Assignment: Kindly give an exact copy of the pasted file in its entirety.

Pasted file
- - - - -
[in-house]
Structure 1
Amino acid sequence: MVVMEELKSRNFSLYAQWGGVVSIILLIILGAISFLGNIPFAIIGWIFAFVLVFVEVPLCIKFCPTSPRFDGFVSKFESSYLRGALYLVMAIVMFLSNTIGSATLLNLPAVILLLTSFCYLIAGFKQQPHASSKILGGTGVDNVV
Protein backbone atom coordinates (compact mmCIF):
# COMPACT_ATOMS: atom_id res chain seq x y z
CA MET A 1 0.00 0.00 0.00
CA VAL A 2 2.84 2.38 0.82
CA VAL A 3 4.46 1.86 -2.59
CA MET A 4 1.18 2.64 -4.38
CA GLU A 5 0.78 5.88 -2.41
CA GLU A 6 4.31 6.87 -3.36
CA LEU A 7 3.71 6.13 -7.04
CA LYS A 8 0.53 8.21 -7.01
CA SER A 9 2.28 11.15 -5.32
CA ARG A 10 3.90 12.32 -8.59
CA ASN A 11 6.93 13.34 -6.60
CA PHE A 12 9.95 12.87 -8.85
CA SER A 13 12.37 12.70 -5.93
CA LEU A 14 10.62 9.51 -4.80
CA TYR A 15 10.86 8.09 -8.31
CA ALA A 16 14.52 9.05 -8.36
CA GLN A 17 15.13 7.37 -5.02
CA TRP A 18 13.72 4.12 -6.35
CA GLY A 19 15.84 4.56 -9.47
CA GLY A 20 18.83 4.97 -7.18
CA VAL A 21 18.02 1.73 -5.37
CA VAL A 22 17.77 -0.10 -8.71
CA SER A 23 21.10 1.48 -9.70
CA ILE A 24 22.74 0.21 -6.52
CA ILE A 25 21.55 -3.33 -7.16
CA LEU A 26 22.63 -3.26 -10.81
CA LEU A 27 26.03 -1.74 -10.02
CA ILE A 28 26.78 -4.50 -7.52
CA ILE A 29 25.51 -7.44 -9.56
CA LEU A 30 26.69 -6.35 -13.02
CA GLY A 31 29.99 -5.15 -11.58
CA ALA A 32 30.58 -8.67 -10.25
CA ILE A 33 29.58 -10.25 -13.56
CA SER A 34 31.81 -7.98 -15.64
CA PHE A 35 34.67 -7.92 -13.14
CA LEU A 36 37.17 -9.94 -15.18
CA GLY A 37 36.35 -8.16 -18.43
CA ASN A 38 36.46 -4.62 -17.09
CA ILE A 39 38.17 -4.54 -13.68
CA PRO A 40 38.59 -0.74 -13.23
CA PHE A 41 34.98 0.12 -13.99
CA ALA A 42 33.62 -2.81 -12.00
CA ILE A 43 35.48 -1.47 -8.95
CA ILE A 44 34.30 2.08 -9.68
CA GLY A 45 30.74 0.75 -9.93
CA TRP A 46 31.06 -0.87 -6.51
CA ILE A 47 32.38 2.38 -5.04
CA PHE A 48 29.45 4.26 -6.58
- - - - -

[in-house]
Structure 1
Amino acid sequence: MVVMEELKSRNFSLYAQWGGVVSIILLIILGAISFLGNIPFAIIGWIFAFVLVFVEVPLCIKFCPTSPRFDGFVSKFESSYLRGALYLVMAIVMFLSNTIGSATLLNLPAVILLLTSFCYLIAGFKQQPHASSKILGGTGVDNVV
Protein backbone atom coordinates (compact mmCIF):
# COMPACT_ATOMS: atom_id res chain seq x y z
CA MET A 1 0.00 0.00 0.00
CA VAL A 2 2.84 2.38 0.82
CA VAL A 3 4.46 1.86 -2.59
CA MET A 4 1.18 2.64 -4.38
CA GLU A 5 0.78 5.88 -2.41
CA GLU A 6 4.31 6.87 -3.36
CA LEU A 7 3.71 6.13 -7.04
CA LYS A 8 0.53 8.21 -7.01
CA SER A 9 2.28 11.15 -5.32
CA ARG A 10 3.90 12.32 -8.59
CA ASN A 11 6.93 13.34 -6.60
CA PHE A 12 9.95 12.87 -8.85
CA SER A 13 12.37 12.70 -5.93
CA LEU A 14 10.62 9.51 -4.80
CA TYR A 15 10.86 8.09 -8.31
CA ALA A 16 14.52 9.05 -8.36
CA GLN A 17 15.13 7.37 -5.02
CA TRP A 18 13.72 4.12 -6.35
CA GLY A 19 15.84 4.56 -9.47
CA GLY A 20 18.83 4.97 -7.18
CA VAL A 21 18.02 1.73 -5.37
CA VAL A 22 17.77 -0.10 -8.71
CA SER A 23 21.10 1.48 -9.70
CA ILE A 24 22.74 0.21 -6.52
CA ILE A 25 21.55 -3.33 -7.16
CA LEU A 26 22.63 -3.26 -10.81
CA LEU A 27 26.03 -1.74 -10.02
CA ILE A 28 26.78 -4.50 -7.52
CA ILE A 29 25.51 -7.44 -9.56
CA LEU A 30 26.69 -6.35 -13.02
CA GLY A 31 29.99 -5.15 -11.58
CA ALA A 32 30.58 -8.67 -10.25
CA ILE A 33 29.58 -10.25 -13.56
CA SER A 34 31.81 -7.98 -15.64
CA PHE A 35 34.67 -7.92 -13.14
CA LEU A 36 37.17 -9.94 -15.18
CA GLY A 37 36.35 -8.16 -18.43
CA ASN A 38 36.46 -4.62 -17.09
CA ILE A 39 38.17 -4.54 -13.68
CA PRO A 40 38.59 -0.74 -13.23
CA PHE A 41 34.98 0.12 -13.99
CA ALA A 42 33.62 -2.81 -12.00
CA ILE A 43 35.48 -1.47 -8.95
CA ILE A 44 34.30 2.08 -9.68
CA GLY A 45 30.74 0.75 -9.93
CA TRP A 46 31.06 -0.87 -6.51
CA ILE A 47 32.38 2.38 -5.04
CA PHE A 48 29.45 4.26 -6.58